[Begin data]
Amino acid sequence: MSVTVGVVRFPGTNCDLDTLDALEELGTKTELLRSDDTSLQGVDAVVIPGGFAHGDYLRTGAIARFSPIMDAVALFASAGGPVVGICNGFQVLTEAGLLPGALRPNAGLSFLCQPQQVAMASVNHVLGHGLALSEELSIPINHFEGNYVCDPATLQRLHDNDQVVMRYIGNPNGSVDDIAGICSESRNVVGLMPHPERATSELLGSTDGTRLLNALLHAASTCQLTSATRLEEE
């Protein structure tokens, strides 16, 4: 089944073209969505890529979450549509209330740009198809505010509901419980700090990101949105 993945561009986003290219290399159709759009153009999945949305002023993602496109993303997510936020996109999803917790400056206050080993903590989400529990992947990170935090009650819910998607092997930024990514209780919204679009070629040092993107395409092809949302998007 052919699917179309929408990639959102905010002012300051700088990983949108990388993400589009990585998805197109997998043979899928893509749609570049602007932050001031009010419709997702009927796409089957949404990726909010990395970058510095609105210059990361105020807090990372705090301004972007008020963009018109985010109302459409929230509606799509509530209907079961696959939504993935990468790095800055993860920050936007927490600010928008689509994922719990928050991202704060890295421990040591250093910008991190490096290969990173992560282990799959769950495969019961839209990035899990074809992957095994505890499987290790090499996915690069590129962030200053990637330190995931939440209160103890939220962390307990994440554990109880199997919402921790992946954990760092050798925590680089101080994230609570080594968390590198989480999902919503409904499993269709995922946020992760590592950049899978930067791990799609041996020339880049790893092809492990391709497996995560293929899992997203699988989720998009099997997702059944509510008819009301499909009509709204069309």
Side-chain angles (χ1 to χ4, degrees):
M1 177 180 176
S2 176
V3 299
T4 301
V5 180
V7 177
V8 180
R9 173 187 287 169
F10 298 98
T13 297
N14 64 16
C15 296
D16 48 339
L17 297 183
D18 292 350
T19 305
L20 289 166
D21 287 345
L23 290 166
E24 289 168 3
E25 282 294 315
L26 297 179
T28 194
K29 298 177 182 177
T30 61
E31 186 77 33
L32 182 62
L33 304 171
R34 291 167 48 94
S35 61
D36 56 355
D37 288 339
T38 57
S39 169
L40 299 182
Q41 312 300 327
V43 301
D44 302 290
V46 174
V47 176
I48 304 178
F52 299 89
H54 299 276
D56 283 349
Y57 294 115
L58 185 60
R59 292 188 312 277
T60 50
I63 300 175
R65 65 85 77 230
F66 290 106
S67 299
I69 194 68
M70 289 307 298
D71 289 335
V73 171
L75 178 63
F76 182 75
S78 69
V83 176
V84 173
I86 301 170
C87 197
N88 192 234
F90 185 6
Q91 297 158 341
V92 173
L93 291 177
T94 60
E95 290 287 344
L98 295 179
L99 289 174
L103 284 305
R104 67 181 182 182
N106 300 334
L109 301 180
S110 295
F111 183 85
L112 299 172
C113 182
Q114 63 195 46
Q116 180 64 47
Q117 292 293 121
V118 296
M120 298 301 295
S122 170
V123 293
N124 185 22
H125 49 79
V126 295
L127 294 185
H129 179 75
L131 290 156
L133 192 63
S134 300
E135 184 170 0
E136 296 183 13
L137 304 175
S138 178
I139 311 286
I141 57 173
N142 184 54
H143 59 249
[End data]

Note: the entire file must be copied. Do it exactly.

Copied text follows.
Amino acid sequence: MSVTVGVVRFPGTNCDLDTLDALEELGTKTELLRSDDTSLQGVDAVVIPGGFAHGDYLRTGAIARFSPIMDAVALFASAGGPVVGICNGFQVLTEAGLLPGALRPNAGLSFLCQPQQVAMASVNHVLGHGLALSEELSIPINHFEGNYVCDPATLQRLHDNDQVVMRYIGNPNGSVDDIAGICSESRNVVGLMPHPERATSELLGSTDGTRLLNALLHAASTCQLTSATRLEEE
């Protein structure tokens, strides 16, 4: 089944073209969505890529979450549509209330740009198809505010509901419980700090990101949105 993945561009986003290219290399159709759009153009999945949305002023993602496109993303997510936020996109999803917790400056206050080993903590989400529990992947990170935090009650819910998607092997930024990514209780919204679009070629040092993107395409092809949302998007 052919699917179309929408990639959102905010002012300051700088990983949108990388993400589009990585998805197109997998043979899928893509749609570049602007932050001031009010419709997702009927796409089957949404990726909010990395970058510095609105210059990361105020807090990372705090301004972007008020963009018109985010109302459409929230509606799509509530209907079961696959939504993935990468790095800055993860920050936007927490600010928008689509994922719990928050991202704060890295421990040591250093910008991190490096290969990173992560282990799959769950495969019961839209990035899990074809992957095994505890499987290790090499996915690069590129962030200053990637330190995931939440209160103890939220962390307990994440554990109880199997919402921790992946954990760092050798925590680089101080994230609570080594968390590198989480999902919503409904499993269709995922946020992760590592950049899978930067791990799609041996020339880049790893092809492990391709497996995560293929899992997203699988989720998009099997997702059944509510008819009301499909009509709204069309």
Side-chain angles (χ1 to χ4, degrees):
M1 177 180 176
S2 176
V3 299
T4 301
V5 180
V7 177
V8 180
R9 173 187 287 169
F10 298 98
T13 297
N14 64 16
C15 296
D16 48 339
L17 297 183
D18 292 350
T19 305
L20 289 166
D21 287 345
L23 290 166
E24 289 168 3
E25 282 294 315
L26 297 179
T28 194
K29 298 177 182 177
T30 61
E31 186 77 33
L32 182 62
L33 304 171
R34 291 167 48 94
S35 61
D36 56 355
D37 288 339
T38 57
S39 169
L40 299 182
Q41 312 300 327
V43 301
D44 302 290
V46 174
V47 176
I48 304 178
F52 299 89
H54 299 276
D56 283 349
Y57 294 115
L58 185 60
R59 292 188 312 277
T60 50
I63 300 175
R65 65 85 77 230
F66 290 106
S67 299
I69 194 68
M70 289 307 298
D71 289 335
V73 171
L75 178 63
F76 182 75
S78 69
V83 176
V84 173
I86 301 170
C87 197
N88 192 234
F90 185 6
Q91 297 158 341
V92 173
L93 291 177
T94 60
E95 290 287 344
L98 295 179
L99 289 174
L103 284 305
R104 67 181 182 182
N106 300 334
L109 301 180
S110 295
F111 183 85
L112 299 172
C113 182
Q114 63 195 46
Q116 180 64 47
Q117 292 293 121
V118 296
M120 298 301 295
S122 170
V123 293
N124 185 22
H125 49 79
V126 295
L127 294 185
H129 179 75
L131 290 156
L133 192 63
S134 300
E135 184 170 0
E136 296 183 13
L137 304 175
S138 178
I139 311 286
I141 57 173
N142 184 54
H143 59 249